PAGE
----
Under the Tuscan Sun Paperback – Sep 2 1997
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In this memoir of her buying, renovating, and living in an abandoned villa in Tuscany, Frances Mayes reveals the sensual pleasure she found living in rural Italy, and the generous spirit she brought with her. She revels in the sunlight and the color, the long view of her valley, the warm homey architecture, the languor of the slow paced days, the vigor of working her garden, and the intimacy of her dealings with the locals. Cooking, gardening, tiling and painting are never chores, but skills to be learned, arts to be practiced, and above all to be enjoyed. At the same time Mayes brings a literary and intellectual mind to bear on the experience, adding depth to this account of her enticing rural idyll. --This text refers to the Hardcover edition.
From Publishers Weekly
Mayes's favorite guide to Northern Italy allots seven pages to the town of Cortona, where she owns a house. But here she finds considerably more to say about it than that, all of it so enchanting that an armchair traveler will find it hard to resist jumping out of the chair and following in her footsteps. The recently divorced author is euphoric about the old house in the Tuscan hills that she and her new lover renovated and now live in during summer vacations and on holidays. A poet, food-and-travel writer, Italophile and chair of the creative writing department at San Francisco State University, Mayes is a fine wordsmith and an exemplary companion whose delight in a brick floor she has just waxed is as contagious as her pleasure in the landscape, architecture and life of the village. Not the least of the charms of her book are the recipes for delicious meals she has made. Above all, her observations about being at home in two very different cultures are sharp and wise.
Copyright 1996 Reed Business Information, Inc. --This text refers to the Hardcover edition.
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Top Customer Reviews
This isn't a bad book, it just isn't for me. I found the minutiae of restoring a centuries-old home to be tedious and, mostly, uninteresting (though it did have its moments). The descriptions of the food were intriguing at the start, but got old pretty quickly. We see what they ate Every. Single. Day. I kept wondering how the author could remember in so much detail what she served for dinner.
The biggest turn-off for me was the complete lack of insight into any of the characters. Even Ed, the life partner, was this nebulous entity roaming around hefting rocks and choosing wine. I learned very little about Francis herself, other than her tastes in homes, food, and wine. Yes, I know it's non-fiction, but some more humanity would have made this a more interesting read.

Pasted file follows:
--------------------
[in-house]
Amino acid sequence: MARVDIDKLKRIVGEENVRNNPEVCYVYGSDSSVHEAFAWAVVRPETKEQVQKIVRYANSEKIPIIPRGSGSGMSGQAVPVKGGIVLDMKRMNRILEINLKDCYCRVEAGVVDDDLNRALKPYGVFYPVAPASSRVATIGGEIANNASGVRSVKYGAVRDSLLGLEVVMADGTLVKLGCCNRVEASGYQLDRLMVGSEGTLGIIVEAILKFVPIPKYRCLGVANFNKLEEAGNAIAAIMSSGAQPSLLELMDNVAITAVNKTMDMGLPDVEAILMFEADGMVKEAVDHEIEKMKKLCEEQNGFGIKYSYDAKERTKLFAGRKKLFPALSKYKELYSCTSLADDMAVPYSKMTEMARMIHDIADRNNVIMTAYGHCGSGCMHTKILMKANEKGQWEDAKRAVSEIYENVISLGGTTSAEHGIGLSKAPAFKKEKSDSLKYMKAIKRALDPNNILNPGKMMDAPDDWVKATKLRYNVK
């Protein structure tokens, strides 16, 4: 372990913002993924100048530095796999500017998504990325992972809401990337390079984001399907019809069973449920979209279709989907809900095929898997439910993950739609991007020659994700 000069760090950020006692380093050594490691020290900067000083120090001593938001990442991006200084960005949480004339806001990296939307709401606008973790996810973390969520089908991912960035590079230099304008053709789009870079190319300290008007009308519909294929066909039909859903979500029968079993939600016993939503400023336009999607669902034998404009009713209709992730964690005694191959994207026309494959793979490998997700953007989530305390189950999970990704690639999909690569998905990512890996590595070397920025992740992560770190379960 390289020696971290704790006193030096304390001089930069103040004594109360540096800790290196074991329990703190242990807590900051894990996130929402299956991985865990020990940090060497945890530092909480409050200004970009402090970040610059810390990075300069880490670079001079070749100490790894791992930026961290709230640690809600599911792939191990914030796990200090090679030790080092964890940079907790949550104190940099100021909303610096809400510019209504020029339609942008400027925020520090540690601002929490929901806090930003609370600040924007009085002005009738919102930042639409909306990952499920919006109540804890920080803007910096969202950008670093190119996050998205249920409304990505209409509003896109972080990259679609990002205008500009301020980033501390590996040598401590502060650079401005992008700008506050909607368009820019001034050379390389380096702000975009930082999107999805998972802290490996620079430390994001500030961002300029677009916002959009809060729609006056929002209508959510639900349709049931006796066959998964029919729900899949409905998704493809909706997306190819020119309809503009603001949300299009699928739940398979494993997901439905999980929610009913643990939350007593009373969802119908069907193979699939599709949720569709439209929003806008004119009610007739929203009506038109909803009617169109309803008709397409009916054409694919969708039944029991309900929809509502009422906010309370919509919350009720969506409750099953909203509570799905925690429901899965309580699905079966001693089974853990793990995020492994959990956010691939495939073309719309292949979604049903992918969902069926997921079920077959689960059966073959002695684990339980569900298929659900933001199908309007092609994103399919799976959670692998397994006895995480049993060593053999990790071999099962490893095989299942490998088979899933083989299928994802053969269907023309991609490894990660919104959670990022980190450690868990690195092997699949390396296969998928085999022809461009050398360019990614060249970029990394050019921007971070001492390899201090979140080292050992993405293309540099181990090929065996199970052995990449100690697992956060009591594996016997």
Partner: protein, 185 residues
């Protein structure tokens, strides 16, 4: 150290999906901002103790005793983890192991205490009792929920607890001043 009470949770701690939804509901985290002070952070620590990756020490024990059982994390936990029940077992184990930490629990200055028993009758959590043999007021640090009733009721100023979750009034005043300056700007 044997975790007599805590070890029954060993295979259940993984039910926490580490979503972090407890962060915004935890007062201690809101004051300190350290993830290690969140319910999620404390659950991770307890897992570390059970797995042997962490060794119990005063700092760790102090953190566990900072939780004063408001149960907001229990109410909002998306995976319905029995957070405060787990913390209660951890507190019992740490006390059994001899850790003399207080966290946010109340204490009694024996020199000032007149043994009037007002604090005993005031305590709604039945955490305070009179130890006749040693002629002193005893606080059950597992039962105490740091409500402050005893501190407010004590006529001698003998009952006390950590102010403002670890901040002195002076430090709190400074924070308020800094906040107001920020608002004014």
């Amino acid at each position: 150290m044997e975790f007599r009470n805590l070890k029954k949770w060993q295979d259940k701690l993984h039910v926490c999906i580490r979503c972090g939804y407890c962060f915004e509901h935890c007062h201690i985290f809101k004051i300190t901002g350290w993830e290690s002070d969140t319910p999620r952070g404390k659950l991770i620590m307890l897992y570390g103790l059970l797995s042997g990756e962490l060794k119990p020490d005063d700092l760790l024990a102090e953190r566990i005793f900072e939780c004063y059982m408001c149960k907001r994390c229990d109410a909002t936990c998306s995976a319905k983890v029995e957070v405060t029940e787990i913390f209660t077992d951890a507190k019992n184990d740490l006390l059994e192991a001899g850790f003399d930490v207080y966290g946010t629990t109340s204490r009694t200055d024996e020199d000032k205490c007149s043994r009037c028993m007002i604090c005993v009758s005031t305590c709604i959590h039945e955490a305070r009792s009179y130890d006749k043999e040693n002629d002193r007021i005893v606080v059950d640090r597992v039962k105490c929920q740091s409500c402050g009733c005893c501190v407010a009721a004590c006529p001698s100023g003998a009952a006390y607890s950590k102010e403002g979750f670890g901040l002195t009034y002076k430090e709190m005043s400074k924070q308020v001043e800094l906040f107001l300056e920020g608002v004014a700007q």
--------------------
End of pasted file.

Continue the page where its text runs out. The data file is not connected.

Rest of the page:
I did enjoy the descriptions of the town, and the parts where they left their home and visited other parts of Tuscany. Those were the bits where I could see what it would be like were I to travel there (and I do love to travel).
If you are thinking of buying a home overseas, you can probably glean a fair amount of information from Under the Tuscan Sun. If you are a foodie, you will appreciate the sensuality of the whole food experience. If you are neither, this may not be the book for you.
Some other commentors have noted the condescending tone of the book and I'd like to thank them as I had the same feeling. There is a holier-than-thou voice throughout that is not very endearing. Ms. Mayes never hesitates to remind us that she's only pages away from "her real self" that she "discovered" in Tuscany and all us lesser mortals might as well give up because we'll never have the same fulfillment that she has found. It's all very grating.
The lead characters in the movie are non-existant in the book. The story is completely different. The mysterious Ed has a role in weed-wacking tasks but in little else.
The reason I gave this book 3 stars is simply for nostalgic reasons and for the way Mayes wrote about her newly acquired olive groves and fruit orchards with such a deep love. I enjoyed the chapters based on her gardening triumphs and found the "monumental wall rebuild" rather interesting. The ordinary miracles of uncovering mini cisterns and old discarded kitchen accoutrements on the property were charming. Otherwise this is definitely a book to skip.
Most recent customer reviews
Did not live up to my expectations. I found it to be boring, I didn't bother to finish it.Published 27 days ago by Lynn Melnik
What a superb book. I could not put it down! Now I definitely must go to Tuscany! Highly recommended 🇨🇦Published 2 months ago by Elizabeth Gayle Fellows
I love France's Mayes descriptive books. You really feel like you are in Tuscany. She takes you right there just by reading her words. Loved it.Published 10 months ago by Melissa
I've read the book long time ago. Bought this copy for my daughter and I read a couple of chapters again. Still love it!!! Read morePublished on Oct. 26 2013 by Changmin Sun
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